Our cognitive theory assumes that engineering design is a process of “knitting” science and engineering. Inquiry and design are at the hearts of science and engineering practices. In an engineering project, both types of practices are needed. All engineering systems are tested during the development phase. A substantial part of engineering is to find problems through tests in order to build robust products. The diagnosis of a problem is, as a matter of fact, a process of scientific inquiry into an engineered system. The results of this inquiry process provide explanations of the problem, as well as feedback to revise the design and improve the system. The modified system with new designs is then put through further tests. Testing a new design can lead to more questions worth investigating, starting a new cycle of inquiry. This process of interwoven inquiry and design repeats itself until the system is determined to be a mature product. 

These elements in our cognitive theory all sound logical and necessary. Now the question is: If we agree on this theory, how are we going to make it happen in the classroom and how are we going to measure its degree of success? Formative assessment seems to be the key. So the next thing we need to invent is a method of formative assessment. But what should we assess in order not to miss the entire picture of learning? This requires us to develop a deep understanding of the fabric of engineering design.

A time series model of design assessment.
Engineering design is a complex process that involves multiple types of science and engineering tasks and subprocesses that occur iteratively. Along with the properties and attributes of the designed artifacts that can be calculated, the order, frequency, and duration learners handle the tasks provide invaluable insights into the fabric of engineering design. These data can be monitored and collected as time series. Formative assessment can then be viewed as the analysis of a set of time series, each representing an aspect of learning or performance. In other words, each time series logs a “fiber” of engineering design.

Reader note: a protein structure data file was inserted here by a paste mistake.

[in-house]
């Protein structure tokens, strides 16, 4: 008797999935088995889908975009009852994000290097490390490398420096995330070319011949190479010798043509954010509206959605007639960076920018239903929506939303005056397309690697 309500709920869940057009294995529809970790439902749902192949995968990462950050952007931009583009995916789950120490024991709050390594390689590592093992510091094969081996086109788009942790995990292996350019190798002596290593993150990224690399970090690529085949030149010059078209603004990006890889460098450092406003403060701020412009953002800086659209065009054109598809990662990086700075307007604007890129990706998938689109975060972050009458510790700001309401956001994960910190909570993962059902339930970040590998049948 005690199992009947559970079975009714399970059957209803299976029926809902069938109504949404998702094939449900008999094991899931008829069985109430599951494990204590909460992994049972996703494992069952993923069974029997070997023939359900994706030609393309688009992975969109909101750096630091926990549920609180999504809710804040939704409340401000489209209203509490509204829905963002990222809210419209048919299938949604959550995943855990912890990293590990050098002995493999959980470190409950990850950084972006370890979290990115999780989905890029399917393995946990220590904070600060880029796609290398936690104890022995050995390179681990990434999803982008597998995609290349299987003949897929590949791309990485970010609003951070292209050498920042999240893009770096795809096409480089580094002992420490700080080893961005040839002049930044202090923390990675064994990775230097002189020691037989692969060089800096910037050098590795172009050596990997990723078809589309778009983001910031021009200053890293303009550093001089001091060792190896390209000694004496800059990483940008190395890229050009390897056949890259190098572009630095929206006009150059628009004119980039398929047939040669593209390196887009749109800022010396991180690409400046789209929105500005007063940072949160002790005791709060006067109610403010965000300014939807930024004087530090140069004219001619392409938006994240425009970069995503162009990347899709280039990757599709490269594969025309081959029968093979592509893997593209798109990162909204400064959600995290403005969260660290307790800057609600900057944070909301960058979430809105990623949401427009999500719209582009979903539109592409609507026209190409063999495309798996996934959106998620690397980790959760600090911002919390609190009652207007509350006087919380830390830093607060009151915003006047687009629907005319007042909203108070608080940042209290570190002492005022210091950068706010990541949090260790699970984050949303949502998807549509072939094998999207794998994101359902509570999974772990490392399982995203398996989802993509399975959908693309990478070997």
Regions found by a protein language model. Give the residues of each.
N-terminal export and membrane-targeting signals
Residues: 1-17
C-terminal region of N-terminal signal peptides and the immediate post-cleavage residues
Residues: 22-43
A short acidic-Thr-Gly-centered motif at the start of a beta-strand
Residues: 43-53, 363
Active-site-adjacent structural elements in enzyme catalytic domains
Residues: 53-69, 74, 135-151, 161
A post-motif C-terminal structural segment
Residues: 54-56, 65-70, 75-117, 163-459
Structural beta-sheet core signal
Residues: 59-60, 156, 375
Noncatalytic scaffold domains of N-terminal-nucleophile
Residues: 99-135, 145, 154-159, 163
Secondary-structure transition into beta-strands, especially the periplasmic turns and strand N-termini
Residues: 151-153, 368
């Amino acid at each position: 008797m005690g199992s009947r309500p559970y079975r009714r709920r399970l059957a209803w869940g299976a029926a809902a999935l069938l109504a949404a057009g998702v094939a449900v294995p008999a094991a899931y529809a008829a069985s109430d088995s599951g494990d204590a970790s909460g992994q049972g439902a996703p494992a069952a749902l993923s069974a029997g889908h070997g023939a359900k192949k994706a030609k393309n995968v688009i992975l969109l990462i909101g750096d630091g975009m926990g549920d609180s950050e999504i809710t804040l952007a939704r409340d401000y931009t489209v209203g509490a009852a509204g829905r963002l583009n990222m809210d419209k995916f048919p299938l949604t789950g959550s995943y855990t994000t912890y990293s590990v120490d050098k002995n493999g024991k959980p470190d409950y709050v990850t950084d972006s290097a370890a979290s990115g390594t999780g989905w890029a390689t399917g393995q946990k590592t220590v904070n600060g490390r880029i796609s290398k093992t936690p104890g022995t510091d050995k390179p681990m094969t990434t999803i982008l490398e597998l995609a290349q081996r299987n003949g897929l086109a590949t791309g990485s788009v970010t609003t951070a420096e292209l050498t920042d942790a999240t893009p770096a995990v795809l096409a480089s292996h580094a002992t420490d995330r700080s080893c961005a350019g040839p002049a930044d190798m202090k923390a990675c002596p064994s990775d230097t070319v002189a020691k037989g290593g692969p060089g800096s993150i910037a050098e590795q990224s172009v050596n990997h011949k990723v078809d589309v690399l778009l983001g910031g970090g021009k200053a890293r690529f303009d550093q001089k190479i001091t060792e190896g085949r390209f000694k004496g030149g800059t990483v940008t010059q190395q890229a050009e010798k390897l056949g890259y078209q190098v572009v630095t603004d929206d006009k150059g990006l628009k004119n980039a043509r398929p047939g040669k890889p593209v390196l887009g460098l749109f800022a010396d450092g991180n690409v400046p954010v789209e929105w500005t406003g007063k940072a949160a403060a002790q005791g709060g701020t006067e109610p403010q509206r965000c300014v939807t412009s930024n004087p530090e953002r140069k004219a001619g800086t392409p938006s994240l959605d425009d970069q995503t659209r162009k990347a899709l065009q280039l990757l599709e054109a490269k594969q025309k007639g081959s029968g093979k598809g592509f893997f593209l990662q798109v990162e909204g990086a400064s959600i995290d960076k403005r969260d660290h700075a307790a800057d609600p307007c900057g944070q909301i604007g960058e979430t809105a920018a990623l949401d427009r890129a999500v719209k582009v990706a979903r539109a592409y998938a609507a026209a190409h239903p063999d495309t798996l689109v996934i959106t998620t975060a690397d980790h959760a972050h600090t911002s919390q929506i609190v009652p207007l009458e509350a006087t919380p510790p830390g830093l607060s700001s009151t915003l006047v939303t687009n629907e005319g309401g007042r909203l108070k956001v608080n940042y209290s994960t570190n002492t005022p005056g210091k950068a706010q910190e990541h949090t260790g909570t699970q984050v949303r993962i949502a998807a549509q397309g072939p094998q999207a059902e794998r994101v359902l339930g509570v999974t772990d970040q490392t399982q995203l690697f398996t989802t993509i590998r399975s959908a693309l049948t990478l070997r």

At first glance, the time series data may look stochastic, just like the Dow Jones index. But buried under the noisy data are students’ behavioral and cognitive patterns. Time series analysis, which has been widely used in signal processing and pattern recognition, will provide us the analytic power to detect learner behaviors from the seemingly random data and then generate adaptive feedback to steer learning to less arbitrary, more productive paths. For example, spectral or wavelet analysis can be used to calculate the frequency of using a design or test tool. Auto-correlation analysis can be used to find repeating patterns in a subprocess. Cross-correlation analysis can be used to examine if an activity or intervention in one subprocess has resulted in changes in another. Cross-correlation provides a potentially useful tool for tracking a designer’s activity with regard to knowledge integration and system thinking.

In the next six months, we will undertake this ambitious research project and post our findings in this blog as we move forward. Stay tuned!